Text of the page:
One late night in the spring of 1984, a group of sauced drag queens leaving Pyramid Club in Manhattan came up with an idea: a Woodstock for drag performers.
Flash-forward a year: The first official Wigstock was born in Tompkins Square Park. Over the next 16 years, the performers kept coming and crowds kept swelling, sometimes into the tens of thousands.
Eventually, a combination of inclement weather and trouble getting permits finally nixed the outdoor festival for good around the turn of the millennium.
But over Labor Day weekend, after a 17-year hiatus and a massive rise of drag in pop culture, Wigstock finally returned — reborn on a rooftop venue in the city’s Seaport District, with a massive sound system and partners like Tony Award-winning actor Neil Patrick Harris and his husband, David Burtka.
But despite the new veneers, Lady Bunny — the head organizer who has performed in the city since 1984 — is certain the spirit of the festival hasn’t changed.
“If somebody says, ‘Oh, Bunny, you’re in this fancy new venue. Has Wigstock sold out? Has it become commercial?’ ” she said in her opening speech, turning slightly as if looking into an imaginary camera.
“Baby, look at me. Listen to my foul mouth. Do you think I’m ever going to go mainstream?” she said, to cheers from the audience.
The revived Wigstock, throughout the night, teetered between reveling in nostalgia — almost like a drag college homecoming — and attempting to make space for an upcoming generation of drag fans.
Queens in attendance ranged from 88-year-old Darcelle — who is recognized by Guinness World Records as the oldest performing drag queen — to kids like Desmond, an 11-year-old with an Instagram following of more than 90,000.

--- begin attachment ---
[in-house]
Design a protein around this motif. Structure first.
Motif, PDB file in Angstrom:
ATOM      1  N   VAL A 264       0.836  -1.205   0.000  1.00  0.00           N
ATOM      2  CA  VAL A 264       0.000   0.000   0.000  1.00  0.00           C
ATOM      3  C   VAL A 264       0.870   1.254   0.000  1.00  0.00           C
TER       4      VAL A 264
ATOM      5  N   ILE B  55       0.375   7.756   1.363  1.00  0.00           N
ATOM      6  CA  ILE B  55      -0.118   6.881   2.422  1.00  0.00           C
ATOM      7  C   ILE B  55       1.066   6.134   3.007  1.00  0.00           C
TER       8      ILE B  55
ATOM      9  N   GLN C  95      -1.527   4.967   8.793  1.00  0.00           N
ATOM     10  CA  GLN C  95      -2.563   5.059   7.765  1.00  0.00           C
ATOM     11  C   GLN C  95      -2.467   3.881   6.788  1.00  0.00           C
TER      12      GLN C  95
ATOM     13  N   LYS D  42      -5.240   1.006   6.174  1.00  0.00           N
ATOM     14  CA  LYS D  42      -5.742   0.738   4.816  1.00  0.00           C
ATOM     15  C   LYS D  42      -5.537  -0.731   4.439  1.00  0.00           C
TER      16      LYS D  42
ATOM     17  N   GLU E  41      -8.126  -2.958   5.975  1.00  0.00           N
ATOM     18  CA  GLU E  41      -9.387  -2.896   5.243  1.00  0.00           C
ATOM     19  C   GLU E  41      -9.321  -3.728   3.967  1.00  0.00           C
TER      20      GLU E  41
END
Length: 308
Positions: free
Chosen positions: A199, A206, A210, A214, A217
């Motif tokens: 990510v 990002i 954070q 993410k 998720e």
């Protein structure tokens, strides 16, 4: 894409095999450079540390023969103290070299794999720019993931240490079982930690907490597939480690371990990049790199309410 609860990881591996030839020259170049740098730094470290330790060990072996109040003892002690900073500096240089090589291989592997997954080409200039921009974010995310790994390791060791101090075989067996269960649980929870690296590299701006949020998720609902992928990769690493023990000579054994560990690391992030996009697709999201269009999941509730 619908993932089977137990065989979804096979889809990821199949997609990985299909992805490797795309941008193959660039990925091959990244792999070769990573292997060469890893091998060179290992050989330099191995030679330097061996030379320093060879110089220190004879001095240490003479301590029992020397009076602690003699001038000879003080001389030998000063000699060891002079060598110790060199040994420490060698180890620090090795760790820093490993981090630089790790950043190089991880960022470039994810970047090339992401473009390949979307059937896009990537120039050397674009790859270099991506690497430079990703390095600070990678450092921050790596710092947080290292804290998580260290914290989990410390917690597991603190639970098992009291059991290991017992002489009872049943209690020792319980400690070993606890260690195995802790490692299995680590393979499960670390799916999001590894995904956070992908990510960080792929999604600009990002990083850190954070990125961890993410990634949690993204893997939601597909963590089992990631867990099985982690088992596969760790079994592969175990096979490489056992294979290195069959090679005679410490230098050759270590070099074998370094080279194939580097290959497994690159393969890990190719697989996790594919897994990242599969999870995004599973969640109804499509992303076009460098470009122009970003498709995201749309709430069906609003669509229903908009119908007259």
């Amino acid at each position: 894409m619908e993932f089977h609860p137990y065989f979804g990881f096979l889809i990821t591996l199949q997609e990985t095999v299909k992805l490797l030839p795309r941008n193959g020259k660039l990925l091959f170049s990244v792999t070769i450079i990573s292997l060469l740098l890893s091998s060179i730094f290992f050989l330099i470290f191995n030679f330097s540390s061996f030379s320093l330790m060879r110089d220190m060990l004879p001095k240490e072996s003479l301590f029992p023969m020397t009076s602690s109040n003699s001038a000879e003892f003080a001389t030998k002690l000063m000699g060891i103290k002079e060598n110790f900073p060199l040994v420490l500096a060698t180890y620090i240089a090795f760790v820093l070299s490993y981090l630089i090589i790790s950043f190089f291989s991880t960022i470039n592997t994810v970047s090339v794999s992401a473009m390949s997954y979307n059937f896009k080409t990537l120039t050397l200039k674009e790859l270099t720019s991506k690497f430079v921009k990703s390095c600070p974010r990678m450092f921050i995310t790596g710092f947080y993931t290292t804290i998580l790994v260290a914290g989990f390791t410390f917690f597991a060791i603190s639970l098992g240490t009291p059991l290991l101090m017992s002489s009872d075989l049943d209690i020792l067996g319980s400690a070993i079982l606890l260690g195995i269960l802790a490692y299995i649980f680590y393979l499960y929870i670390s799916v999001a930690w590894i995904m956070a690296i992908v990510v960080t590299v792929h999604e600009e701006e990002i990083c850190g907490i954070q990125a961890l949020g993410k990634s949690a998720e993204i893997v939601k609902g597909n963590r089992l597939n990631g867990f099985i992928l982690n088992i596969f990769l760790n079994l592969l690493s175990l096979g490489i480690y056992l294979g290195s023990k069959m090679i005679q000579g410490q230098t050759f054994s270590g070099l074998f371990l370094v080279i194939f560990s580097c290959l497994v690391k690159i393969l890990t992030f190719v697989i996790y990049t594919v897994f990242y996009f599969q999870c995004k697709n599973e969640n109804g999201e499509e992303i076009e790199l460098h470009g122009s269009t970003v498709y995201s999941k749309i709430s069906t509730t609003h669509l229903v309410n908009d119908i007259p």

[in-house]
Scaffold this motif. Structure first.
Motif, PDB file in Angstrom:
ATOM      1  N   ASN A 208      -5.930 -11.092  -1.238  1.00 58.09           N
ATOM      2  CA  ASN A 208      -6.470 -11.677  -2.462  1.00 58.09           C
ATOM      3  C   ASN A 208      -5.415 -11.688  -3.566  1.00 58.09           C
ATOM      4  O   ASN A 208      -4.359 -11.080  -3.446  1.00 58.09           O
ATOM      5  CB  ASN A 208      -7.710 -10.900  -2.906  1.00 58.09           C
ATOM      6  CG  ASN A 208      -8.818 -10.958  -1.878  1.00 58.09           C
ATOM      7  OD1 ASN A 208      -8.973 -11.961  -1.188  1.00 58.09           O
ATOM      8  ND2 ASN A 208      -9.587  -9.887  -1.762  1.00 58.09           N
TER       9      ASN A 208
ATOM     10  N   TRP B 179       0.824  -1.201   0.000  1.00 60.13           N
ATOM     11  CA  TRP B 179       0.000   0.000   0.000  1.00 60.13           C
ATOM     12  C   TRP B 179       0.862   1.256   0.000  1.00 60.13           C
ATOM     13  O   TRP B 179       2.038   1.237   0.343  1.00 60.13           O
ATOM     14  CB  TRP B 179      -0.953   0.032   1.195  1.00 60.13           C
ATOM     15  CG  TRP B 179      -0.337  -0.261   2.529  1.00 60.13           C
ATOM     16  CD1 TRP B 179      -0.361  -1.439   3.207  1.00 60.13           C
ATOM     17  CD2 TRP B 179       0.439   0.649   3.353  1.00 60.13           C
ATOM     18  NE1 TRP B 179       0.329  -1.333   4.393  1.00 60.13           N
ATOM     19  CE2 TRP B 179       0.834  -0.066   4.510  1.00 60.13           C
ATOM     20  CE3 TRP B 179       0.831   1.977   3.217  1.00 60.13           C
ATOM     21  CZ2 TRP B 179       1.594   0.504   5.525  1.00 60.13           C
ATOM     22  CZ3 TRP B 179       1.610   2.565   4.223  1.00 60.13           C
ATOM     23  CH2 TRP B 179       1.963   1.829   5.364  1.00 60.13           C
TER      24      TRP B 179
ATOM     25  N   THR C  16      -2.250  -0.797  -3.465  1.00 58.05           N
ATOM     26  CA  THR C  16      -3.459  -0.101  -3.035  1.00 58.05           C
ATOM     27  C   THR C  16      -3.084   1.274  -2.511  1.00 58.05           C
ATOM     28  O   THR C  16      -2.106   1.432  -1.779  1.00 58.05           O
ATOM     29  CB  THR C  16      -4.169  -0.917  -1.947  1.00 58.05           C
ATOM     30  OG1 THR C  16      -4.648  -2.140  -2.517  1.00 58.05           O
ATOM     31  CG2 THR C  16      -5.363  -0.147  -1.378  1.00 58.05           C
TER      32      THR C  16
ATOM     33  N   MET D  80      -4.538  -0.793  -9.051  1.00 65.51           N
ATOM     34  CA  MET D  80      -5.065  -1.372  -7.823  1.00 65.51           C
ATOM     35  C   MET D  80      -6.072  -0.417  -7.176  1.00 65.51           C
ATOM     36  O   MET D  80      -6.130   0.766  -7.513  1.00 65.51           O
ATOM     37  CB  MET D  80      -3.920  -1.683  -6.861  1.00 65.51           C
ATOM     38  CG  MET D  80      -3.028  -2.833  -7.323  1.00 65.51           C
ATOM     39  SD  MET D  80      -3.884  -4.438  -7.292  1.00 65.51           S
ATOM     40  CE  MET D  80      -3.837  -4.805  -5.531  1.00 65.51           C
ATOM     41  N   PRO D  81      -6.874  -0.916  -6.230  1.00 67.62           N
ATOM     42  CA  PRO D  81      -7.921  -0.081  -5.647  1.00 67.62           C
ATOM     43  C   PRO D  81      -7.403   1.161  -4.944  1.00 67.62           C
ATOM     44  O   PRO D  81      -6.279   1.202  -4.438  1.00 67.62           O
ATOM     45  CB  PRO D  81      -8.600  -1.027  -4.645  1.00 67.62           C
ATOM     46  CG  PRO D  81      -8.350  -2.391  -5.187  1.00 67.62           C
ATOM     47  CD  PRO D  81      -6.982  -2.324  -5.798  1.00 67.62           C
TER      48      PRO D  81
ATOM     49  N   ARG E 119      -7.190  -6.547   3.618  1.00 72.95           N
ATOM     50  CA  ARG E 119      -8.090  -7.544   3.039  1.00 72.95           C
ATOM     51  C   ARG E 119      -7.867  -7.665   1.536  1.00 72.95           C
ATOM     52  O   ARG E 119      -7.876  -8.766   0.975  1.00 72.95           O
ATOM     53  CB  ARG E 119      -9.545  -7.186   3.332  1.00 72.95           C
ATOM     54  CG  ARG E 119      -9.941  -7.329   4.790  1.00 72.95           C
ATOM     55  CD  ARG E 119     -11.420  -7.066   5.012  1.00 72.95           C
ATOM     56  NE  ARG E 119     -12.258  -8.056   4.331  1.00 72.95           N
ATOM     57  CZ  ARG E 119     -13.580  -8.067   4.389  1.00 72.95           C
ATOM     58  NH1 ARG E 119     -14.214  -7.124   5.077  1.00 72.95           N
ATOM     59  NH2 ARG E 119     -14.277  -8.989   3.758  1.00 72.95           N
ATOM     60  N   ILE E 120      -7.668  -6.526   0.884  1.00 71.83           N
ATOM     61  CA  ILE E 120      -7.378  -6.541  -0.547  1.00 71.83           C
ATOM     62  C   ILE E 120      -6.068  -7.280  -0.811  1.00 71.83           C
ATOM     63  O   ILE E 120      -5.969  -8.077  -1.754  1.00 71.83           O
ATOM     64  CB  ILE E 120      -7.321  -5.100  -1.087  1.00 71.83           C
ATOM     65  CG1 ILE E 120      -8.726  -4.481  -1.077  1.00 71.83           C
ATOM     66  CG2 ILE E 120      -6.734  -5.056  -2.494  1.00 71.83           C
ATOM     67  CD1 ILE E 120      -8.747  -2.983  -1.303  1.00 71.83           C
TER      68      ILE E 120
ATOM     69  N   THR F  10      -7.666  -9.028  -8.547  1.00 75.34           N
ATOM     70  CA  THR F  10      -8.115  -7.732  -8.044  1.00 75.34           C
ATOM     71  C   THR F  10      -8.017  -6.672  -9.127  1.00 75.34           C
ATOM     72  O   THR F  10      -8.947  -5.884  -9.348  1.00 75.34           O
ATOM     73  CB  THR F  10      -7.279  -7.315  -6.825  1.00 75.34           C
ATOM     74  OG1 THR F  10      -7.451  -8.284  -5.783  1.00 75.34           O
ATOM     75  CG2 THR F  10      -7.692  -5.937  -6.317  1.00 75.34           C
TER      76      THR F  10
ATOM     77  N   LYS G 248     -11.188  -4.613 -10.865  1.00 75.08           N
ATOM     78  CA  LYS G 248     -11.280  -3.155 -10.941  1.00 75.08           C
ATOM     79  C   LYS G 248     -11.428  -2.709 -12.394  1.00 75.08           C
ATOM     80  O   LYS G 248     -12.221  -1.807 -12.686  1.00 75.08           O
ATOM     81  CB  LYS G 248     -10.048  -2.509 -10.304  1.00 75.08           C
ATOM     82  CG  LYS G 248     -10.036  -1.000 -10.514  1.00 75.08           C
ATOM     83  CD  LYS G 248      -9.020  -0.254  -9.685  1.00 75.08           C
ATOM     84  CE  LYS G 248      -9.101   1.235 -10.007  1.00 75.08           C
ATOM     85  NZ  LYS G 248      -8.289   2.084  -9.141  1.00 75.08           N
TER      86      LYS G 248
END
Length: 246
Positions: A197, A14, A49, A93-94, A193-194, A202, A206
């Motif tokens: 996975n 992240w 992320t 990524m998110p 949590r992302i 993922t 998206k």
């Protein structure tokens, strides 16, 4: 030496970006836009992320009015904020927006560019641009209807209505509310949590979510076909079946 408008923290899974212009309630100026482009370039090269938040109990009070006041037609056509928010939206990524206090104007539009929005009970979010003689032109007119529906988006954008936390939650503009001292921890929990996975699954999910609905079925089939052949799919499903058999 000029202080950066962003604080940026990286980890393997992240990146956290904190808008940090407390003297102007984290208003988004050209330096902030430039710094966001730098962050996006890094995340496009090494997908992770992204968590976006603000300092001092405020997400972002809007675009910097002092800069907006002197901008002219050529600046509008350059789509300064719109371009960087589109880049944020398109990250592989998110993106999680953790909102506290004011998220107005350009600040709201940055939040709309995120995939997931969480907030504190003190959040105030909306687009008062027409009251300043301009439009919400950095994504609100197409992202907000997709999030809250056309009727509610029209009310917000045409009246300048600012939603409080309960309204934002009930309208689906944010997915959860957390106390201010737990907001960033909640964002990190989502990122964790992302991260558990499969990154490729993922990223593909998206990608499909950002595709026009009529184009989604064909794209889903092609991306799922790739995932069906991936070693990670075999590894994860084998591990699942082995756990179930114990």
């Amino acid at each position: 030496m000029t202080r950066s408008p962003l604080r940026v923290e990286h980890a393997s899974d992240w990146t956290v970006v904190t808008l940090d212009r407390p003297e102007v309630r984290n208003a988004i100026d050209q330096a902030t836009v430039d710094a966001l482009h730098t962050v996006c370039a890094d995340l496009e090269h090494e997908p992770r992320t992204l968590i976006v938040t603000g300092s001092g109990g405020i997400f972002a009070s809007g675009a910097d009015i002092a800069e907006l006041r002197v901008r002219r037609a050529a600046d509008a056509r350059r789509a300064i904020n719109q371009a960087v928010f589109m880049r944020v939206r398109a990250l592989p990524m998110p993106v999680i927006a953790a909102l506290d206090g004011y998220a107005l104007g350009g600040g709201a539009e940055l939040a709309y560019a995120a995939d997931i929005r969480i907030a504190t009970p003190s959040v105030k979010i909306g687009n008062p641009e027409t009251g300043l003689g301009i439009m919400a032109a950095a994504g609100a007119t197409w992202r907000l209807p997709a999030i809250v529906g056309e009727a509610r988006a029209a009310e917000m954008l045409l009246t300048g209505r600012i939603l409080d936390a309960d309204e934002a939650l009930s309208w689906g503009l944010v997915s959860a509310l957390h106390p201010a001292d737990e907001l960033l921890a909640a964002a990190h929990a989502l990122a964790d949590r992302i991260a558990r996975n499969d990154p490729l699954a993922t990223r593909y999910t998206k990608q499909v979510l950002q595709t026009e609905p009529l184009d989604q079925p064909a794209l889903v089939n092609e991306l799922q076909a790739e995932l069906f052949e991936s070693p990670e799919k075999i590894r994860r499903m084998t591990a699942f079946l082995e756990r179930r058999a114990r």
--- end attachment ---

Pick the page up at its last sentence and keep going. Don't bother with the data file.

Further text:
The roster also boasted RuPaul’s Drag Race royalty, like Sharon Needles, Bianca del Rio, Alaska, Bob the Drag Queen and Jinkx Monsoon, as well as “a lot of us from the very beginning,” said Varla Jean Merman. She started performing at Wigstock in the mid-’90s.
“Whether you’re a look queen or you’re bizarre, you make no sense, you’re surreal, you’re funny — there’s really a mixture of all these parts of drag, which a lot of people don’t know even exist,” she said. “That’s really the spirit of Wigstock.”
Onstage, performances spanned the spectrum — from classic lip sync numbers to a jewel-dripped Shequida Hall delivering a live opera performance.
A grungy performance by the rock band The Voluptuous Horror of Karen Black featured body paint and a headstand and chanting and smashing raw eggs. Michael Lynch delivered a powerful reading dedicated to LGBTQ pioneer Marsha P. Johnson.
Others vogued, did a sketch on competing in “the Narcissist Olympics,” wheeled out a Mini Cooper-sized evening bag, impersonated actress and model Chloë Sevigny, and held storytime with a dragged-up version of Goldilocks.
“Wigstock is an iconic piece of drag history of New York City,” attendee Natalie Kocsis said. “It’s great to remind people of history … So I think it’s great to bring it back and kind of introduce new artists who people might not recognize from TV.”
The idea of getting people together was a big part of bringing the festival back, Lady Bunny said, particularly during a time she sees as a decline in New York City’s best scenes.
“There didn’t used to be a Starbucks, Duane Reade and Chase Bank on every corner. … All the mom-and-pop stores are closing. New York City seems very corporate and slick and dull,” Lady Bunny said after the festival. “Wigstock is something that is uniquely New York.”
“I would love to try to keep it going,” she continued. “Because, as I see it … I can sit around and bitch about what New York City has lost, or I can do my best to put on a festival to add something to make it fun again.”